Tuesday, 7 September 2010

Bettor Than Before

For anyone considering moving to California, but for whom a major stumbling block is the unavailability of Betfair in the United States, there is promising news, even if it will not take effect until May 2012, just seven months before the world ends anyway.

The promising news is:

In the US, the state of California took a step towards the implementation of Betfair-style exchange betting last week after a proposed bill from Assembly Speaker John Perez passed the Assembly Government Organization and Appropriations Committees following a compromise deal.

Assembly Bill 2414, if passed as is, would increase the amount of money horseracing tracks can take from wagers while also putting measures in place to attract the prestigious Breeder's Cup to California on a permanent basis.

However, the most controversial portion of the proposed legislation would allow bettors to take side bets and set their own odds. This had been opposed by Magna International Developments, owner of the Santa Anita Park and Golden Gate Fields tracks, and members of the California Thoroughbred Trainers but, a last minute compromise brokered by State Senator Ron Calderon saw the Bill pass through the committees unanimously.

Although the proposed legislation was originally due to come into force immediately after passage, Calderon's compromise would see implementation of exchange betting delayed until May 2012 in order to permit tracks and the California Horse Racing Board to study its effects.

The compromise saw Magna International Development withdraw its opposition to the plan and the legislation subsequently passed through the state’s Assembly last week on its way to the Senate.

According to a report from the Pasadena Star-News newspaper, opposition to the proposed legislation now comes ‘primarily from thoroughbred trainers and the owners of Churchill Downs in Kentucky’. Trainers see exchange betting as a first step towards race fixing and have cited suspected examples in England and Australia.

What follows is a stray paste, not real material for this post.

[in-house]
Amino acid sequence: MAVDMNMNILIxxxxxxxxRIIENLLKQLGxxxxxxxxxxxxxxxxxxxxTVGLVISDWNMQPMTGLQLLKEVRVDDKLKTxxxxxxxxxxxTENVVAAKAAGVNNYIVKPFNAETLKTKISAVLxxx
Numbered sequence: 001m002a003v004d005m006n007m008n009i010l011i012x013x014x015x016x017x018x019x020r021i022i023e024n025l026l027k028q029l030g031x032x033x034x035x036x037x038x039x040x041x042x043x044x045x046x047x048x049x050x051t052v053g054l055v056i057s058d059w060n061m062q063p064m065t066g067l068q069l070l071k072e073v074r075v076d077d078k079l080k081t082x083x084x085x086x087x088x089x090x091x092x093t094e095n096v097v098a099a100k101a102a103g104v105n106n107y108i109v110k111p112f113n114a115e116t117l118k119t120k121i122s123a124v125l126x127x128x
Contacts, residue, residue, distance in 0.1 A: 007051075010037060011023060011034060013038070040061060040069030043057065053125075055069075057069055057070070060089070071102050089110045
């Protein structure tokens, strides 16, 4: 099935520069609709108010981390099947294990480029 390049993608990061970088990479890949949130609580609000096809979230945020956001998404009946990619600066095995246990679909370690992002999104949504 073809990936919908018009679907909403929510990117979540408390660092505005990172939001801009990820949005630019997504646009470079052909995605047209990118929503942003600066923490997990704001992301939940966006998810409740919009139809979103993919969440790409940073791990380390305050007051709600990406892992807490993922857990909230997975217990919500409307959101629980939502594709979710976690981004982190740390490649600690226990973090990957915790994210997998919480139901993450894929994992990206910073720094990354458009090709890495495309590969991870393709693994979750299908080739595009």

“We remain opposed to this Bill,” said Darrell Vienna, Southern California Vice-President for the California Thoroughbred Trainers.

“But, amended it's better than before.”
Yes, I would say so. In a country that likes to call itself the "land of the free" people really aren't very free. Steve Chapman wrote a very sensible piece in the Chicago Tribune:
Whenever the federal government tries to prohibit citizens from engaging in “a peaceful, popular, and enjoyable activity,” said Steve Chapman, people ignore the law and do it anyway. That’s why Congress should move forward with a proposal to lift the ban on online gambling. “Law or no,” millions of Americans with broadband connections spend $6 billion a year on offshore gambling sites, making the U.S. “the biggest online betting market on the planet.” That represents a massive amount of lost tax revenue for the U.S. treasury.

Some people consider gambling immoral, but in a country where we condone lotteries and casinos, “there is no moral argument” for excluding one type of gambling. Indeed, at this point the main argument against legalizing online gambling is that it will hurt casinos, off-track betting parlors, and state lotteries—but that’s life in the free-enterprise system. As for the charge that legalizing online gambling will transform millions into gambling addicts, Great Britain made it legal five years ago, with no upsurge in addiction. So let’s grow up. Internet gambling can’t be stopped. Why try?


freddy said...

hey, nice article

I have been looking around online for an update on the situation regarding online gambling america and betfair usa, is it any closer to fruition?

Rod Hull said...

If they give the full go ahead for exchange betting it can only be good for us and some proper competition for Betfair (ie. no PC) should be up and running because Betdaq just didn't capitalise on their amazing chance they had with a lack of a big recruitment drive when they had the chance.

Wayward Lad said...

This blog is a mine of information, well done. I was surprised that gambling was not a target of the last budget in the UK, and it is only a matter of time till betting tax returns in some form or another. I expect that the bookmakers will want any new tax to only affect the exchanges, and they will threaten to move their business offshore if they are subjected to heavier taxation.
Wayward Lad (www.waywardlad.blogspot.com)